Today, we constantly hear how evil business, capitalism, and the free market is. It continues with how we need to take from the rich and give to the poor. More focused on accusing others vs. how to do more for yourself and those you care about. Is it any surprise then that entrepreneurialism has been on the decline in the last 20+ years here in the U.S. and why small businesses have not helped lead the way out this time around. With this decline also goes the job creation
. 99.7% of all employers in the U.S. are small businesses (entrepreneurs exercising their freedom to take risk and pursue their dreams) and are simultaneously the biggest contributors to job creation. Most, if not all, would agree with a social safety net to catch those who stumble or hit hard times but why are we focusing on that and class warfare? Taking from someone and giving it someone else is the wrong conversation for job creation and growth. A generation of children has been taught that business, capitalism, and a free market is bad and now they are entering the workforce as the boomers begin their exodus and GenX is trying to hire motivated and engaged employees. Sadly, I believe this comes at a time when the playing-field has never been more level and ripe, historically, for citizens of all races and gender to better their human condition regardless of what the media tells you.
It made me curious whether as a society we agree anymore that having the personal freedom to do the work we want and reaping the rewards of that labor is a fundamental component of being in a free country? Today, I am often surprised how little our educators, national politicians and economists spend time talking about the free market and recognizing the wonder that it is, and what it has accomplished for our country. At the root of a free market is “freedom.” We have to remember that statistically it takes lots of small businesses to eventually grow medium and big companies. See other stats here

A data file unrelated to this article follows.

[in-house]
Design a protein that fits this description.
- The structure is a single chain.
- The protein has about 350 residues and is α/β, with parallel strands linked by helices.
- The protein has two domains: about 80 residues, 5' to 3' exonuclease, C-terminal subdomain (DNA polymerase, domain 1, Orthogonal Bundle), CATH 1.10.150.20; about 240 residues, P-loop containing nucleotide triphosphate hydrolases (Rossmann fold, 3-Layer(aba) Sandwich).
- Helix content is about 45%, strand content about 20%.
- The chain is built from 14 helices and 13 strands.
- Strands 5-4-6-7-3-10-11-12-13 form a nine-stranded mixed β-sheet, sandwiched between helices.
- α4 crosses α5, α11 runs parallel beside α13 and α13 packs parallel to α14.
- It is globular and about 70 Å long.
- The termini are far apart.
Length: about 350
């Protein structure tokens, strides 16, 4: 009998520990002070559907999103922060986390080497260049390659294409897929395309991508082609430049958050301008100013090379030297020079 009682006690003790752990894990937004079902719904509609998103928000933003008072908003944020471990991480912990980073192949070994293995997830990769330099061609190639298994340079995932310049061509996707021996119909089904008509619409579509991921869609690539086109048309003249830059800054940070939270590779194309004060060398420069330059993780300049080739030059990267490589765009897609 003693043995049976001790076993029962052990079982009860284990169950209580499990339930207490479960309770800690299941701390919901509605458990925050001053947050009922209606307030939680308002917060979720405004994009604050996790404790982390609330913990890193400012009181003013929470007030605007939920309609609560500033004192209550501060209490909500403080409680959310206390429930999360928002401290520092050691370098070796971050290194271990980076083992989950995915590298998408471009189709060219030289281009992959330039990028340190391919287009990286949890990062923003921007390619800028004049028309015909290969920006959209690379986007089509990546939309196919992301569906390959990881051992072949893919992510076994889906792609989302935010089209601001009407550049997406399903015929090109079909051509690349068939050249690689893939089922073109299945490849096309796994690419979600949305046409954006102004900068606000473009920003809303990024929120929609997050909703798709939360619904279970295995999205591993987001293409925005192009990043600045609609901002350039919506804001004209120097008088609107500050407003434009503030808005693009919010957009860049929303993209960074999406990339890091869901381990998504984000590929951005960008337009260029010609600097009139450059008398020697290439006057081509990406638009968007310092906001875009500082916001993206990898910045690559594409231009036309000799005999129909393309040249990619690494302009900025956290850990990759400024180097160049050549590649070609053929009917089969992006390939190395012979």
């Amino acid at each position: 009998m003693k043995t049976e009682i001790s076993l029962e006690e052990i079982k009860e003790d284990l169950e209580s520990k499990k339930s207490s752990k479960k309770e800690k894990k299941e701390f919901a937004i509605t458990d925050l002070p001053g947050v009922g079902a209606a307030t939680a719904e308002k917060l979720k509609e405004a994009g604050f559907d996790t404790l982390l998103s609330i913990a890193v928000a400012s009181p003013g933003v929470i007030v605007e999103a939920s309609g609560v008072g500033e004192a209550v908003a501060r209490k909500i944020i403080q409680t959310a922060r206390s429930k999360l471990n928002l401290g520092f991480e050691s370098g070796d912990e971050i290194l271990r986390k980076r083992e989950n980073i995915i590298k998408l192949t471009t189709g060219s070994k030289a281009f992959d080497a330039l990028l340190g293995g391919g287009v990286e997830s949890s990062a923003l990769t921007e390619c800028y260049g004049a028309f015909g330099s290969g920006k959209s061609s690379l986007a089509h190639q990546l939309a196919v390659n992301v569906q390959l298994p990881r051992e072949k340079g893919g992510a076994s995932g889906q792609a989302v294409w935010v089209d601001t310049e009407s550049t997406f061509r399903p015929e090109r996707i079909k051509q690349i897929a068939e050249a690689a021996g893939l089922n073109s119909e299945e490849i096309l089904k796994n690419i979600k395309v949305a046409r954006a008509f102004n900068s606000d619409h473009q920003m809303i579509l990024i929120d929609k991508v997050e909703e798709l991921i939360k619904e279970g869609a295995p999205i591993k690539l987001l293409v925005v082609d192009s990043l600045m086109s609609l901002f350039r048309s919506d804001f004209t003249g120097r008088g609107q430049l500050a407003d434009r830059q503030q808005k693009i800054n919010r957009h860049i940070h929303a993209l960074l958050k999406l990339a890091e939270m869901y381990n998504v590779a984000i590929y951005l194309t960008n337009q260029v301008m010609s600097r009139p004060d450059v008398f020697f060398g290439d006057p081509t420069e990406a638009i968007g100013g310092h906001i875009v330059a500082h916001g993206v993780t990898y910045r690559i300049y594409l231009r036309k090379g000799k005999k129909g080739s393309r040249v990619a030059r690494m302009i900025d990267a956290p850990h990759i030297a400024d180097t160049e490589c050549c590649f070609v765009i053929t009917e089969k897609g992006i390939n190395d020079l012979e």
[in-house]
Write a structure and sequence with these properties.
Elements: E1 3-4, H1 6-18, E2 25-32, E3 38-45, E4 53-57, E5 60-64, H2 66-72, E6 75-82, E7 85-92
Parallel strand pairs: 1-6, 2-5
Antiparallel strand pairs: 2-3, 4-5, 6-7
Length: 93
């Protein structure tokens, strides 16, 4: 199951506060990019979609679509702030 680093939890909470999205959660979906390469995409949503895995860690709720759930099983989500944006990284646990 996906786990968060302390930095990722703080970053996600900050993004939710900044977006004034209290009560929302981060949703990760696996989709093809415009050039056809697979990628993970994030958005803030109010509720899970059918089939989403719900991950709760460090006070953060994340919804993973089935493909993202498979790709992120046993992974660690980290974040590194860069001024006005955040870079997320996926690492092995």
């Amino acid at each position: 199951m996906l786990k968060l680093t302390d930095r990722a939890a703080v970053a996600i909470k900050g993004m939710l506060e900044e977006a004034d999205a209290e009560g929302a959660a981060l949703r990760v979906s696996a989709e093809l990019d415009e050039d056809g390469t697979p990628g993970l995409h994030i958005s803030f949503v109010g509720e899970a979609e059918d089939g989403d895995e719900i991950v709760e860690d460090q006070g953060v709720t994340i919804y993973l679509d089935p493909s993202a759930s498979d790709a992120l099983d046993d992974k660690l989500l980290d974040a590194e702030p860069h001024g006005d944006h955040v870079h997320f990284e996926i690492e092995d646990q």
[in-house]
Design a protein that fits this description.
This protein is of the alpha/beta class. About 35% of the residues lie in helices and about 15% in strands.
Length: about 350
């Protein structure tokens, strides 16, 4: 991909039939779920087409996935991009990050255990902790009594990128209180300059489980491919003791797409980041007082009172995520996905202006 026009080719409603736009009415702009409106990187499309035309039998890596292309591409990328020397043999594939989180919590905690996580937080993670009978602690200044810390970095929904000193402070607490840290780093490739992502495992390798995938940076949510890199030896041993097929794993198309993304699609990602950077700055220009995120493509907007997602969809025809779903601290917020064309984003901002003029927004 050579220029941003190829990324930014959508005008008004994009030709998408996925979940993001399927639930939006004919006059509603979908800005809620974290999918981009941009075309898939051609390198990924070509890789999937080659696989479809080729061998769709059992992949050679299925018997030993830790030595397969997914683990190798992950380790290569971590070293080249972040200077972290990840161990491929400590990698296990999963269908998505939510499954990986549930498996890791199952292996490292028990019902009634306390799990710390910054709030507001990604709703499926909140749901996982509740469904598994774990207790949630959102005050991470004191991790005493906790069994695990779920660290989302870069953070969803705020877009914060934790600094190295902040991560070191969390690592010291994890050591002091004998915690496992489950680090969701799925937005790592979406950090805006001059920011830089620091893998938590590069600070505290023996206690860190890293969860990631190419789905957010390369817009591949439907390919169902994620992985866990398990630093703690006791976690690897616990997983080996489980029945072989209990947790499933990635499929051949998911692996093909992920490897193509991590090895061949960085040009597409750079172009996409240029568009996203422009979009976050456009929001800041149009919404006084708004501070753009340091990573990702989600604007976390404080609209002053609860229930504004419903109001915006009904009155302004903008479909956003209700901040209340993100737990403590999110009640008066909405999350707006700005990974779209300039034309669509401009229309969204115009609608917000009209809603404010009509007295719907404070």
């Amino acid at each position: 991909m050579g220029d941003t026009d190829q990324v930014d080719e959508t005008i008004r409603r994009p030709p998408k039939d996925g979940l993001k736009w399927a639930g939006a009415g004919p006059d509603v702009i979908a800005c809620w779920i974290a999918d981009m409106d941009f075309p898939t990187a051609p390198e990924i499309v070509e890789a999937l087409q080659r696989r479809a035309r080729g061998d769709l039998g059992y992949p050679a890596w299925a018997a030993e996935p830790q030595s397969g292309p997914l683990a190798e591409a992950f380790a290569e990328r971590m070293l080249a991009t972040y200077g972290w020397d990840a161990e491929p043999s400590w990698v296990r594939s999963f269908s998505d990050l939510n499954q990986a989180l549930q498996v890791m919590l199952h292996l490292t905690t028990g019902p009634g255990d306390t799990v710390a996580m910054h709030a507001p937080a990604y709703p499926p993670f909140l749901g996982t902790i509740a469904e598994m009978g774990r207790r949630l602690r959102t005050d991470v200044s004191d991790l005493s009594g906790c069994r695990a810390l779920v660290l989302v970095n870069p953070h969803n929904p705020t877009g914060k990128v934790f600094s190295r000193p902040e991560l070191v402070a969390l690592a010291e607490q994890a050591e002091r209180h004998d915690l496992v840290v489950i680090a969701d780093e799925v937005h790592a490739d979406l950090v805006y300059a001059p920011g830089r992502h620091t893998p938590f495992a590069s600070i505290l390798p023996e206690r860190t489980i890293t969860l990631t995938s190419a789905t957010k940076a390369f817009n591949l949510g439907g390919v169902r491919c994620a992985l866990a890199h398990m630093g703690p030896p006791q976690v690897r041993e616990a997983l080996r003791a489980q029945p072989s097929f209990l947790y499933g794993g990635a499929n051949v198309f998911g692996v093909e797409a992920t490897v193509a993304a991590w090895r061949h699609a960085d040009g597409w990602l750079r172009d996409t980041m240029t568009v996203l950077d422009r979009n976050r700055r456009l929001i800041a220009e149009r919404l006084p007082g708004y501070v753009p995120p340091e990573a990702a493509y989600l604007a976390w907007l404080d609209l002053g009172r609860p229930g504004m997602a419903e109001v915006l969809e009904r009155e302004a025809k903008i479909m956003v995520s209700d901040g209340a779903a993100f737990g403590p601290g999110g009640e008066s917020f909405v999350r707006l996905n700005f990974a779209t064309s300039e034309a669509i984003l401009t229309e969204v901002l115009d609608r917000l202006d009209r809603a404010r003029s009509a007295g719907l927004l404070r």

on small business contribution to our economy.
The ability of citizens within a society to improve their situation is what academics and economists often reference as mobility. Do contributing members within a given society have the ability to move and improve their own economic situation based on their individual drive, skills, abilities, competencies, etc.? Our government has historically been pursuing the creation of ‘as level ‘ a playing field as is possible for people to do that. However, I fear our government as a whole has lost its way. The drum beat is wealth redistribution and closer to Marxist ideology than key attributes of individual and personal freedom espoused by our founding fathers rooted in the combination of John Locke’s The Second Treatise of Government
and Adam Smith’s Wealth of Nations
economic philosophy . We are moving in the wrong direction. That direction unfortunately is towards a massively in debt centralized government and not the mobility and job creating society we started out building so many years ago. I hope that as a society we don’t lose future mobility for our children and the next generations by losing sight of the proven values of opportunity, hard work, risk-taking, and reward.